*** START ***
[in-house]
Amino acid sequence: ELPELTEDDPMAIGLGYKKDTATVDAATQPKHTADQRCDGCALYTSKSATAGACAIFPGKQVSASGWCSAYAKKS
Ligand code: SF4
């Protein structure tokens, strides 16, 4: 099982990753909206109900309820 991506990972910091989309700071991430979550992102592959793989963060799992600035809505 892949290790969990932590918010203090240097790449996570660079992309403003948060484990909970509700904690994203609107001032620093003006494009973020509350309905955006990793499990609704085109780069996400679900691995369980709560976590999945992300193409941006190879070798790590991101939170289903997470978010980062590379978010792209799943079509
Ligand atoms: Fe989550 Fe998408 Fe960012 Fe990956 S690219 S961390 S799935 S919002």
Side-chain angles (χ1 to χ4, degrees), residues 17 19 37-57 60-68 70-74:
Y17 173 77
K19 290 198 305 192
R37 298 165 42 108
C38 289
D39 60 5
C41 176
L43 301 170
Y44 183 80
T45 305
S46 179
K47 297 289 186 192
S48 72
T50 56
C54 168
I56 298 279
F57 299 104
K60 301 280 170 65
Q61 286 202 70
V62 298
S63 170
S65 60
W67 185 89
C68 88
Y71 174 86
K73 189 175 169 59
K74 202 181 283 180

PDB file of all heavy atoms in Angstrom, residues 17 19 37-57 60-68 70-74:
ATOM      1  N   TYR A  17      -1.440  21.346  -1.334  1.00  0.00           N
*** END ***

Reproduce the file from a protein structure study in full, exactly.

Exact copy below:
[in-house]
Amino acid sequence: ELPELTEDDPMAIGLGYKKDTATVDAATQPKHTADQRCDGCALYTSKSATAGACAIFPGKQVSASGWCSAYAKKS
Ligand code: SF4
């Protein structure tokens, strides 16, 4: 099982990753909206109900309820 991506990972910091989309700071991430979550992102592959793989963060799992600035809505 892949290790969990932590918010203090240097790449996570660079992309403003948060484990909970509700904690994203609107001032620093003006494009973020509350309905955006990793499990609704085109780069996400679900691995369980709560976590999945992300193409941006190879070798790590991101939170289903997470978010980062590379978010792209799943079509
Ligand atoms: Fe989550 Fe998408 Fe960012 Fe990956 S690219 S961390 S799935 S919002």
Side-chain angles (χ1 to χ4, degrees), residues 17 19 37-57 60-68 70-74:
Y17 173 77
K19 290 198 305 192
R37 298 165 42 108
C38 289
D39 60 5
C41 176
L43 301 170
Y44 183 80
T45 305
S46 179
K47 297 289 186 192
S48 72
T50 56
C54 168
I56 298 279
F57 299 104
K60 301 280 170 65
Q61 286 202 70
V62 298
S63 170
S65 60
W67 185 89
C68 88
Y71 174 86
K73 189 175 169 59
K74 202 181 283 180

PDB file of all heavy atoms in Angstrom, residues 17 19 37-57 60-68 70-74:
ATOM      1  N   TYR A  17      -1.440  21.346  -1.334  1.00  0.00           N